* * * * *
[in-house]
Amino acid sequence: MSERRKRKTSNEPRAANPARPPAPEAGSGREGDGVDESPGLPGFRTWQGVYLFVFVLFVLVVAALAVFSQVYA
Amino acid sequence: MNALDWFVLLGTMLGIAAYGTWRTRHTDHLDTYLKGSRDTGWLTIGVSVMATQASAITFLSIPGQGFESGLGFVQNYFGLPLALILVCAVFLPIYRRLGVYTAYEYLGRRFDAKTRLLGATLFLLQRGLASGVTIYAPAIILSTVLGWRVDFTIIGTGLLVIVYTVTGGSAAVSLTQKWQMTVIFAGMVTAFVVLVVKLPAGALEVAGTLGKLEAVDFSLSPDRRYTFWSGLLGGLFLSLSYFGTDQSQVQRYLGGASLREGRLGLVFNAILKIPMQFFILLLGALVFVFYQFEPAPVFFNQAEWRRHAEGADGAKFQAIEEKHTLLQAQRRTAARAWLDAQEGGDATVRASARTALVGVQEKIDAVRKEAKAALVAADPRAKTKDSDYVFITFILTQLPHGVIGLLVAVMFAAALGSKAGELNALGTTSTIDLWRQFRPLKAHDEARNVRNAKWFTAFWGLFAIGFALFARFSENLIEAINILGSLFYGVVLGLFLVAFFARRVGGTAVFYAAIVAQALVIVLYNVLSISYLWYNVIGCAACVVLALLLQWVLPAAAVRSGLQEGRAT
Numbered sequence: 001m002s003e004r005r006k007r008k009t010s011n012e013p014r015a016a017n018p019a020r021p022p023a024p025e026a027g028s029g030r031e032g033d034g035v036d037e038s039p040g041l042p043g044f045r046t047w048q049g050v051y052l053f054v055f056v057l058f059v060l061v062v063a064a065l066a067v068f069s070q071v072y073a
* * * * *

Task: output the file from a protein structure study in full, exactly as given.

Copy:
[in-house]
Amino acid sequence: MSERRKRKTSNEPRAANPARPPAPEAGSGREGDGVDESPGLPGFRTWQGVYLFVFVLFVLVVAALAVFSQVYA
Amino acid sequence: MNALDWFVLLGTMLGIAAYGTWRTRHTDHLDTYLKGSRDTGWLTIGVSVMATQASAITFLSIPGQGFESGLGFVQNYFGLPLALILVCAVFLPIYRRLGVYTAYEYLGRRFDAKTRLLGATLFLLQRGLASGVTIYAPAIILSTVLGWRVDFTIIGTGLLVIVYTVTGGSAAVSLTQKWQMTVIFAGMVTAFVVLVVKLPAGALEVAGTLGKLEAVDFSLSPDRRYTFWSGLLGGLFLSLSYFGTDQSQVQRYLGGASLREGRLGLVFNAILKIPMQFFILLLGALVFVFYQFEPAPVFFNQAEWRRHAEGADGAKFQAIEEKHTLLQAQRRTAARAWLDAQEGGDATVRASARTALVGVQEKIDAVRKEAKAALVAADPRAKTKDSDYVFITFILTQLPHGVIGLLVAVMFAAALGSKAGELNALGTTSTIDLWRQFRPLKAHDEARNVRNAKWFTAFWGLFAIGFALFARFSENLIEAINILGSLFYGVVLGLFLVAFFARRVGGTAVFYAAIVAQALVIVLYNVLSISYLWYNVIGCAACVVLALLLQWVLPAAAVRSGLQEGRAT
Numbered sequence: 001m002s003e004r005r006k007r008k009t010s011n012e013p014r015a016a017n018p019a020r021p022p023a024p025e026a027g028s029g030r031e032g033d034g035v036d037e038s039p040g041l042p043g044f045r046t047w048q049g050v051y052l053f054v055f056v057l058f059v060l061v062v063a064a065l066a067v068f069s070q071v072y073a